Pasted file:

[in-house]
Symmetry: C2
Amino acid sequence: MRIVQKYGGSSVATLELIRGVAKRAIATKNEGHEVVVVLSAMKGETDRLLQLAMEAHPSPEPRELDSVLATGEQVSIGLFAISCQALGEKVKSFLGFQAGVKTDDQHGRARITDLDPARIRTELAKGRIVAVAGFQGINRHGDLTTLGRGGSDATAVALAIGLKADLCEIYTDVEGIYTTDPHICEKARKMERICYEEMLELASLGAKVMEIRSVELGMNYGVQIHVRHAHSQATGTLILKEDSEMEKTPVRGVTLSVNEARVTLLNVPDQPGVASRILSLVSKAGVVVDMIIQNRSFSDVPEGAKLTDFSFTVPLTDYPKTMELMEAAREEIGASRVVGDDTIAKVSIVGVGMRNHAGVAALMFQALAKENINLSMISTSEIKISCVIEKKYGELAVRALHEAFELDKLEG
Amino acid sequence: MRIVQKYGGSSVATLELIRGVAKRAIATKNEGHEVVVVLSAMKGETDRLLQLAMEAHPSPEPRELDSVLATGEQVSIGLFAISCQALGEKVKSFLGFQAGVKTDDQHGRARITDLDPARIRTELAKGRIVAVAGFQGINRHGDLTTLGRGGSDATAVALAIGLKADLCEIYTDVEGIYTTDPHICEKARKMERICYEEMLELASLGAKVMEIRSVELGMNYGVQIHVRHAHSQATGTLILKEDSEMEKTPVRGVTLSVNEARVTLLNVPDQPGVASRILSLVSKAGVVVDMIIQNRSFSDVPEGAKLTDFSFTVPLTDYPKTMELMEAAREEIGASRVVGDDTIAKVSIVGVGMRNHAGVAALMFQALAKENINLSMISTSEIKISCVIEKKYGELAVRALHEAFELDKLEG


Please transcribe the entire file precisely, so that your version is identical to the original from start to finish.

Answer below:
[in-house]
Symmetry: C2
Amino acid sequence: MRIVQKYGGSSVATLELIRGVAKRAIATKNEGHEVVVVLSAMKGETDRLLQLAMEAHPSPEPRELDSVLATGEQVSIGLFAISCQALGEKVKSFLGFQAGVKTDDQHGRARITDLDPARIRTELAKGRIVAVAGFQGINRHGDLTTLGRGGSDATAVALAIGLKADLCEIYTDVEGIYTTDPHICEKARKMERICYEEMLELASLGAKVMEIRSVELGMNYGVQIHVRHAHSQATGTLILKEDSEMEKTPVRGVTLSVNEARVTLLNVPDQPGVASRILSLVSKAGVVVDMIIQNRSFSDVPEGAKLTDFSFTVPLTDYPKTMELMEAAREEIGASRVVGDDTIAKVSIVGVGMRNHAGVAALMFQALAKENINLSMISTSEIKISCVIEKKYGELAVRALHEAFELDKLEG
Amino acid sequence: MRIVQKYGGSSVATLELIRGVAKRAIATKNEGHEVVVVLSAMKGETDRLLQLAMEAHPSPEPRELDSVLATGEQVSIGLFAISCQALGEKVKSFLGFQAGVKTDDQHGRARITDLDPARIRTELAKGRIVAVAGFQGINRHGDLTTLGRGGSDATAVALAIGLKADLCEIYTDVEGIYTTDPHICEKARKMERICYEEMLELASLGAKVMEIRSVELGMNYGVQIHVRHAHSQATGTLILKEDSEMEKTPVRGVTLSVNEARVTLLNVPDQPGVASRILSLVSKAGVVVDMIIQNRSFSDVPEGAKLTDFSFTVPLTDYPKTMELMEAAREEIGASRVVGDDTIAKVSIVGVGMRNHAGVAALMFQALAKENINLSMISTSEIKISCVIEKKYGELAVRALHEAFELDKLEG